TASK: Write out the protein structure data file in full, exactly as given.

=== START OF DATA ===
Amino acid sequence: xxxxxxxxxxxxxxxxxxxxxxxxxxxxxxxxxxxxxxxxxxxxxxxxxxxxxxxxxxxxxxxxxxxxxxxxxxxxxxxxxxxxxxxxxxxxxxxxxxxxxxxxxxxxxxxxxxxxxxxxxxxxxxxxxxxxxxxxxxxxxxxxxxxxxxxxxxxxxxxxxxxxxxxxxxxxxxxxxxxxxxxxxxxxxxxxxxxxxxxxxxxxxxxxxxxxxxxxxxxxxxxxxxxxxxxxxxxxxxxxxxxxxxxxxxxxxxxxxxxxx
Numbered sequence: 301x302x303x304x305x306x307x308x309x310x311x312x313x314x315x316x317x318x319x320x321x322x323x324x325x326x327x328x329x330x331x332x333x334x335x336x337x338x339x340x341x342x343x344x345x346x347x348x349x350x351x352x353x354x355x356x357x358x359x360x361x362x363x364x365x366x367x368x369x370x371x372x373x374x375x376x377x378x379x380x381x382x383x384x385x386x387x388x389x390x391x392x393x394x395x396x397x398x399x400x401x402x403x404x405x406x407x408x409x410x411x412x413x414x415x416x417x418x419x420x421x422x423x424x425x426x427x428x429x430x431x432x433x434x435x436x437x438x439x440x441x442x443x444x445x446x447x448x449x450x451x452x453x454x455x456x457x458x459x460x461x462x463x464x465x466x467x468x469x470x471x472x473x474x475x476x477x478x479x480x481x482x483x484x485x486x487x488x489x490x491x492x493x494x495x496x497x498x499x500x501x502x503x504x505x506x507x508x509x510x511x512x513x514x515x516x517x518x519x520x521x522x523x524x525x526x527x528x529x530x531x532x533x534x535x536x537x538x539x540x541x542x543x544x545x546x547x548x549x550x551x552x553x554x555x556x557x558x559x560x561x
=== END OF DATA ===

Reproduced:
Amino acid sequence: xxxxxxxxxxxxxxxxxxxxxxxxxxxxxxxxxxxxxxxxxxxxxxxxxxxxxxxxxxxxxxxxxxxxxxxxxxxxxxxxxxxxxxxxxxxxxxxxxxxxxxxxxxxxxxxxxxxxxxxxxxxxxxxxxxxxxxxxxxxxxxxxxxxxxxxxxxxxxxxxxxxxxxxxxxxxxxxxxxxxxxxxxxxxxxxxxxxxxxxxxxxxxxxxxxxxxxxxxxxxxxxxxxxxxxxxxxxxxxxxxxxxxxxxxxxxxxxxxxxxx
Numbered sequence: 301x302x303x304x305x306x307x308x309x310x311x312x313x314x315x316x317x318x319x320x321x322x323x324x325x326x327x328x329x330x331x332x333x334x335x336x337x338x339x340x341x342x343x344x345x346x347x348x349x350x351x352x353x354x355x356x357x358x359x360x361x362x363x364x365x366x367x368x369x370x371x372x373x374x375x376x377x378x379x380x381x382x383x384x385x386x387x388x389x390x391x392x393x394x395x396x397x398x399x400x401x402x403x404x405x406x407x408x409x410x411x412x413x414x415x416x417x418x419x420x421x422x423x424x425x426x427x428x429x430x431x432x433x434x435x436x437x438x439x440x441x442x443x444x445x446x447x448x449x450x451x452x453x454x455x456x457x458x459x460x461x462x463x464x465x466x467x468x469x470x471x472x473x474x475x476x477x478x479x480x481x482x483x484x485x486x487x488x489x490x491x492x493x494x495x496x497x498x499x500x501x502x503x504x505x506x507x508x509x510x511x512x513x514x515x516x517x518x519x520x521x522x523x524x525x526x527x528x529x530x531x532x533x534x535x536x537x538x539x540x541x542x543x544x545x546x547x548x549x550x551x552x553x554x555x556x557x558x559x560x561x